School's out, but I'm still working on my grad class. It's keeping me quite busy, and I resent that I'm not able to enjoy my summer vacation immediately.

In particular, I'm working on my portfolio, which is too big a project to successfully prepare in less than three weeks, especially since we have to include artifacts (a stupid word meaning student work or stuff you're proud of), and it's exactly the wrong time of year for me to be searching through filing cabinets and old student projects.

We have to start with a metaphor for our teaching philosophy.

1. My teaching philosophy changes every year. I'm constantly learning new techniques and strategies, and while my main objective--to create lifelong learners--remains the same from year to year, my methods are malleable. I hate trying to articulate a philosophy, it seems so pretentious and useless. Isn't it a given that most, if not all, teachers go into the profession because they want to create lifelong learners? And because they thirst after knowledge themselves? How do I turn that into a page-long explanation?

2. I hate metaphors. I prefer to say things straight out. And I'm not so great at putting them together. Everything I write seems stupid and simple. This is what I'm going with, with the codicil that I DON'T CARE.

Teaching is like a treasure map, and the teacher is the map’s key (or legend). At first, the student must always refer to the key for clues and cues, but eventually he will be able to recognize these on his own. Using the information provided by the key, the student will infer and draw conclusions as he seeks the treasure (full comprehension).

The student will be able to use these skills in other areas, as often the treasure maps in for other subjects are very similar.

Grr. How about, instead, I get to write a paragraph about why I wanted to be a teacher, or why--considering it's a relatively thankless profession with few tangible rewards, and it often seems hopeless and without result--I continue to teach? That would be something worth writing, though I have absolutely no idea what I'd write, beyond admitting that I'm a straight up nerd and I actually LIKE school.

Nearly all of my artifacts are assignments I've created, because they were easy to find. Somehow or other, I've got to figure out how they fit both my teaching philosophy, which I've yet to write, and the metaphor, which is quite stupid, AND show my professional growth, professional leadership, and my collaborations with colleagues. It's going to be the most boring portfolio EVER.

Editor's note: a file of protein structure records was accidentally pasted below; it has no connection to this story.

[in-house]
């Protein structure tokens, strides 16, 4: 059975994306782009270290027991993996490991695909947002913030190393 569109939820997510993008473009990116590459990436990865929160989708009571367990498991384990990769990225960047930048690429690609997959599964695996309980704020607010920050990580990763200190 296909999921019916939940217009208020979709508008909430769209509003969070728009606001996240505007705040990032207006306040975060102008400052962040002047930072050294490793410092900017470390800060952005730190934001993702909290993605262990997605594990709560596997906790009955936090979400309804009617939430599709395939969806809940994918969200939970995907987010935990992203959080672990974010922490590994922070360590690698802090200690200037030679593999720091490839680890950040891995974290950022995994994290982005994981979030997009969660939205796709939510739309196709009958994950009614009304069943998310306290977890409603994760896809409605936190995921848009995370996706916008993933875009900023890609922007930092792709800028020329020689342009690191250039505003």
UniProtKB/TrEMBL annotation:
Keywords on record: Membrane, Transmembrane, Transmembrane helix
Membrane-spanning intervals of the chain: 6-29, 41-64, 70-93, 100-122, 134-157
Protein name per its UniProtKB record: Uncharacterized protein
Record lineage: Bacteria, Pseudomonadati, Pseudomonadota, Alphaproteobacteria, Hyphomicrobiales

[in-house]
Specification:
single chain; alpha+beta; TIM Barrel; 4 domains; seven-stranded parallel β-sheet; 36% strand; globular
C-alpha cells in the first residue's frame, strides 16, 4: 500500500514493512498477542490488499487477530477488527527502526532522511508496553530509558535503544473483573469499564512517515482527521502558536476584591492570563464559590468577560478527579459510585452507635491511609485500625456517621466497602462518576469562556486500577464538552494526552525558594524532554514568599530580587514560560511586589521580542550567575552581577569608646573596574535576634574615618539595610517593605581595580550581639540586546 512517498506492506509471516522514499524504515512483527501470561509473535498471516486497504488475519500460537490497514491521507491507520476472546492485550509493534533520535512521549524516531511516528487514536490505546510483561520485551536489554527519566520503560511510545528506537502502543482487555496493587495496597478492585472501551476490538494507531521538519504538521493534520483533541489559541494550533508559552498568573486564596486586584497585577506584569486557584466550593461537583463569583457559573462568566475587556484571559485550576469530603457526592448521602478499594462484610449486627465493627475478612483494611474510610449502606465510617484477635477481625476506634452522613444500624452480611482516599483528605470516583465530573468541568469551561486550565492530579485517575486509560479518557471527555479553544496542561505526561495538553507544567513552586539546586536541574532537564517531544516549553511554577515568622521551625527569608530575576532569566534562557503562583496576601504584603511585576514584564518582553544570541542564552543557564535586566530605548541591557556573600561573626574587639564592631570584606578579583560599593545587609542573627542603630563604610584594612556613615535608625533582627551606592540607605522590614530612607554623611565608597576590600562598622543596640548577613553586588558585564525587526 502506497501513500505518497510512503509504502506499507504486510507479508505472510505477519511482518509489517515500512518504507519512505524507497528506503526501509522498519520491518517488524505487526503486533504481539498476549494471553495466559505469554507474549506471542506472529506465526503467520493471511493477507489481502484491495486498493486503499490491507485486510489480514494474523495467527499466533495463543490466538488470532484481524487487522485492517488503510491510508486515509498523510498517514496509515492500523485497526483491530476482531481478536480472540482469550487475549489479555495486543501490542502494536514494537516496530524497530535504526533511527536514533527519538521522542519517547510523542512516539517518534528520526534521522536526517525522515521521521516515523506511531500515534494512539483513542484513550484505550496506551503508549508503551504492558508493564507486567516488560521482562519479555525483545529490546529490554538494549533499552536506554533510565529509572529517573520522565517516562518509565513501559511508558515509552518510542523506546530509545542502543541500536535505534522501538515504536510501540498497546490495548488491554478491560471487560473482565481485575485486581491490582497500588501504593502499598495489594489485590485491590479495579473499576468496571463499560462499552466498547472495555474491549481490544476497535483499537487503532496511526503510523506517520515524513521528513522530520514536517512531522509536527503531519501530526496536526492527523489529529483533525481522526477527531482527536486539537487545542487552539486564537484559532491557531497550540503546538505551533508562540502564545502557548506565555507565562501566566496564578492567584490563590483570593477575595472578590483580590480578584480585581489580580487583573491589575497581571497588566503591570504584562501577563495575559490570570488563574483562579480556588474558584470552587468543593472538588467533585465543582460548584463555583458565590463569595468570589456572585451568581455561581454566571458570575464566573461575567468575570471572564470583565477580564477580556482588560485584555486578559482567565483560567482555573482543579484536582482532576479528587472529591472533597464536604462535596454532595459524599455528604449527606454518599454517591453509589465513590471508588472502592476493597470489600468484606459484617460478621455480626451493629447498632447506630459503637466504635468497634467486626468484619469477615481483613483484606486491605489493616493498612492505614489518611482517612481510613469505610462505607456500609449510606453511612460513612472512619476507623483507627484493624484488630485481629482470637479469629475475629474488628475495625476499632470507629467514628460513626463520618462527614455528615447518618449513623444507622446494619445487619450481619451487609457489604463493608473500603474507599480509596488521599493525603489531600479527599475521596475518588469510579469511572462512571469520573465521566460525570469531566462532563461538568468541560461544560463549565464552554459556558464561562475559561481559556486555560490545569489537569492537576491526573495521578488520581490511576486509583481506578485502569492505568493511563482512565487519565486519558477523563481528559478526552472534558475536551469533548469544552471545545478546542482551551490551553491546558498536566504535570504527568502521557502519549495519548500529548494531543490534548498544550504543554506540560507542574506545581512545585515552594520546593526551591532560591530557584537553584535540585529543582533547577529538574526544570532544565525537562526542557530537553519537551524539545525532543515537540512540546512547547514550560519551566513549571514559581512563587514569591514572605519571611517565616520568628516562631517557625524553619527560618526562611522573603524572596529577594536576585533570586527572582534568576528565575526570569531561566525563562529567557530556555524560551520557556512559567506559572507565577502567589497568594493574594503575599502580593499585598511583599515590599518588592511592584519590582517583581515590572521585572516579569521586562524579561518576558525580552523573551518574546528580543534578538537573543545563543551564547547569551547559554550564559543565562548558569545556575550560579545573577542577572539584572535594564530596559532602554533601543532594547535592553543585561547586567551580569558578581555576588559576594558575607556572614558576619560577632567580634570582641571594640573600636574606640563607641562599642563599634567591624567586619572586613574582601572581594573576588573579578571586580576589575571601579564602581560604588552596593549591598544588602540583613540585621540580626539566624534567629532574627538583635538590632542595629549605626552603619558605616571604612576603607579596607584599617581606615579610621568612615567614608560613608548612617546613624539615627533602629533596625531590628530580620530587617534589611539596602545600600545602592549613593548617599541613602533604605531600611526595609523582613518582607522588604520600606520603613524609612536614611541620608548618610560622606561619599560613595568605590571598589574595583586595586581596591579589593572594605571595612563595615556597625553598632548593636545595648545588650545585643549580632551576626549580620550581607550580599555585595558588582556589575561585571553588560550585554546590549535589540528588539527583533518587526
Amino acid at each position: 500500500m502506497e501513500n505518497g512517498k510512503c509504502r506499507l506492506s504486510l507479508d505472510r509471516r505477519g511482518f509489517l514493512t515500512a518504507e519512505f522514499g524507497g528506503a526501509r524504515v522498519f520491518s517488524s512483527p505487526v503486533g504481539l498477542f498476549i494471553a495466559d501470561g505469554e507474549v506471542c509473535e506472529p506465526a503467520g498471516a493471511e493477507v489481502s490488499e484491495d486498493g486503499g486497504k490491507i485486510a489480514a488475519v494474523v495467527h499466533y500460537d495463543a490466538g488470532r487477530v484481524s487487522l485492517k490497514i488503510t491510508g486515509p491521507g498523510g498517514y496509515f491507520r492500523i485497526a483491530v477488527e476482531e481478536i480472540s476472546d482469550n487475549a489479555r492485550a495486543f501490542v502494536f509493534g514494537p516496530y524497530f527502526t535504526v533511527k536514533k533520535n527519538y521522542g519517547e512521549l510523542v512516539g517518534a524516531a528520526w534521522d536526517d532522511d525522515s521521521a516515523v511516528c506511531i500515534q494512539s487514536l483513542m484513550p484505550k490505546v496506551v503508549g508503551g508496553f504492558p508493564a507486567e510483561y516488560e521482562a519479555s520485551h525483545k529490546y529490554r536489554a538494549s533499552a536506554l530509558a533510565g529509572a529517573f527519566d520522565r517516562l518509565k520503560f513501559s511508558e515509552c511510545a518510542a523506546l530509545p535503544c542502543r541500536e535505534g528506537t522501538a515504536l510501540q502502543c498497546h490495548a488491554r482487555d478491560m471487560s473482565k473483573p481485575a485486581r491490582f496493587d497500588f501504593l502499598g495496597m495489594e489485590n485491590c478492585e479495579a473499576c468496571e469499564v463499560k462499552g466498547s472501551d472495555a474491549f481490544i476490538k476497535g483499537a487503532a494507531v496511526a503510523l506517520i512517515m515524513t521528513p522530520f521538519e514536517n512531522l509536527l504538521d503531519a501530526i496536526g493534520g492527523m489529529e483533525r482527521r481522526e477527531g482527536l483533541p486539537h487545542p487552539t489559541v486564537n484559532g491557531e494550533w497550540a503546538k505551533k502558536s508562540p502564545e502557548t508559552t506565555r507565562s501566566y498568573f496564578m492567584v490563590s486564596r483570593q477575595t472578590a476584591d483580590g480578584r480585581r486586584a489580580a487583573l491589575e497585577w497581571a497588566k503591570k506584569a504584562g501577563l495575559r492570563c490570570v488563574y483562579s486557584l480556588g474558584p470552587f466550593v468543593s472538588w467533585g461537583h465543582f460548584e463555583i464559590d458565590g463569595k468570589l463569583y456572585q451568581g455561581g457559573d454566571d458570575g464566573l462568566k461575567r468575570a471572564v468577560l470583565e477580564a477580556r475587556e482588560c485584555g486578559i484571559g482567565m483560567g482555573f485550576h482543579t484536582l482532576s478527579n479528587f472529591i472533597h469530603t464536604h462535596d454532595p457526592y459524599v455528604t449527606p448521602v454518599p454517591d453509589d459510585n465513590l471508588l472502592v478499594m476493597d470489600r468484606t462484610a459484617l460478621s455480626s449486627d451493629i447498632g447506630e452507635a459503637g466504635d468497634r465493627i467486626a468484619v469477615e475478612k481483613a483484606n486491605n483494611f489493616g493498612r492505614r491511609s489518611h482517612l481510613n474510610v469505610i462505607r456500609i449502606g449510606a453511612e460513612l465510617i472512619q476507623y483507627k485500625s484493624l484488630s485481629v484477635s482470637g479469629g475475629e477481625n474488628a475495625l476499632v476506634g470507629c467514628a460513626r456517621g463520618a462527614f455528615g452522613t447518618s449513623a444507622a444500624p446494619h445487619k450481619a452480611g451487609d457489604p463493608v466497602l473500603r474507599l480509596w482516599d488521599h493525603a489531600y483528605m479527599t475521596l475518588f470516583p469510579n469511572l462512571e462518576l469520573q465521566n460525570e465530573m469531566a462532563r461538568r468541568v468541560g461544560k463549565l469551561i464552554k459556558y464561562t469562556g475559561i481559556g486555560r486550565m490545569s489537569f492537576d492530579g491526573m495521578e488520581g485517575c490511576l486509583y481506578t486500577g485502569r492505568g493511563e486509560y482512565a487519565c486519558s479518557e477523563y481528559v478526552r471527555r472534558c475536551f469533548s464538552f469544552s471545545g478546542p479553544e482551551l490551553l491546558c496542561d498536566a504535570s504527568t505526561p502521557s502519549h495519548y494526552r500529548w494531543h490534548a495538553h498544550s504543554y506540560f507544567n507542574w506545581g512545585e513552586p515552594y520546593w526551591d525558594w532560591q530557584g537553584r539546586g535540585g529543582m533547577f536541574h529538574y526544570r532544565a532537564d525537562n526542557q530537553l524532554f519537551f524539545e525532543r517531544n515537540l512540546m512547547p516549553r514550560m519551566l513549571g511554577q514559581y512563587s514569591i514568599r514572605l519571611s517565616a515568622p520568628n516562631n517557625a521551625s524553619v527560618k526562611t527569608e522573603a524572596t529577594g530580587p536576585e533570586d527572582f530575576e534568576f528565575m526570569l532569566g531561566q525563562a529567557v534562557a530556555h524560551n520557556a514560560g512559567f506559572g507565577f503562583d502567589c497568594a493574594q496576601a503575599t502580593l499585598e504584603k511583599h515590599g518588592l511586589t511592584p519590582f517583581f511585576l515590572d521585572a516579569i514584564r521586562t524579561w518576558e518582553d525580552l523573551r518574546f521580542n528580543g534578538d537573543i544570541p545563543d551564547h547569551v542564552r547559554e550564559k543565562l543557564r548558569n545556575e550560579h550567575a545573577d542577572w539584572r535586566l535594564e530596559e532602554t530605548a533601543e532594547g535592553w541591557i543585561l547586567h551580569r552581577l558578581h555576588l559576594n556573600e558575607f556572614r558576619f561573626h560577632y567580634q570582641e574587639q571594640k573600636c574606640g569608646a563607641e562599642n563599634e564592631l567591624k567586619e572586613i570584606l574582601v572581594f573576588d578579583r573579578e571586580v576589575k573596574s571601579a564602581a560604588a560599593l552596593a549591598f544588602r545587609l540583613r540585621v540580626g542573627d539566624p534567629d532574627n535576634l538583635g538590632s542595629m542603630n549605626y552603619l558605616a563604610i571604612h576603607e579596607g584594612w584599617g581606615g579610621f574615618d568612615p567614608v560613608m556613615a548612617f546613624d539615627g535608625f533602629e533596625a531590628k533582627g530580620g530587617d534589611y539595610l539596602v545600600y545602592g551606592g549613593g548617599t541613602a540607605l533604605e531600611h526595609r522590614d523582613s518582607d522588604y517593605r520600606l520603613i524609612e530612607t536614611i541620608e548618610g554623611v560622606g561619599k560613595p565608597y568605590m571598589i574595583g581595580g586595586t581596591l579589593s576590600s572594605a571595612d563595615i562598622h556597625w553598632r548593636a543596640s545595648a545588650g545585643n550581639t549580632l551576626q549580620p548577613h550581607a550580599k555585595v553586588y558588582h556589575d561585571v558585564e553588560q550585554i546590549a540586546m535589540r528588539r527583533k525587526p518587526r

But it's not done yet! I also have to write a rationale for including each artifact AND a reflection as to how it worked in the classroom (if it did).

On top of all that, my class is full of elementary school teachers who--and this is not an indictment of elementary teachers, because goodness knows I could never do that--are putting together these elaborate scrapbooks full of fancy papers and stickers and photographs and all those little embellishments that cost like, thousands of dollars. Meanwhile, I'm putting the minimum amount of effort into the whole project and turning in a bunch of computer printouts in a three-pronged folder. IF I'm feeling fancy, I MIGHT even use a proper three hole punch to put the papers in it. I have made slacking into an art form.

So that's why you haven't heard from me for a week, and as soon as I turn in the portfolio, I have two days to read and critique five journal articles as part of a research design project, so you won't hear from me for another week either.

After that, though: THE DELUGE.


Joon said...

I've got some fancy scrapbooking paper if you want it. Not because I'm an elementary school teacher, but because I have a bad habit of starting projects and never finishing them. I MIGHT even throw in some baby/girly stickers if you can find a way to use them. lol

angela said...

:( I am sorry.
hehehe. I can send some lisa frank stickers if you want.

J said...

well, congrats on making it to the end of school. good luck with the fancypants portfolio. :)


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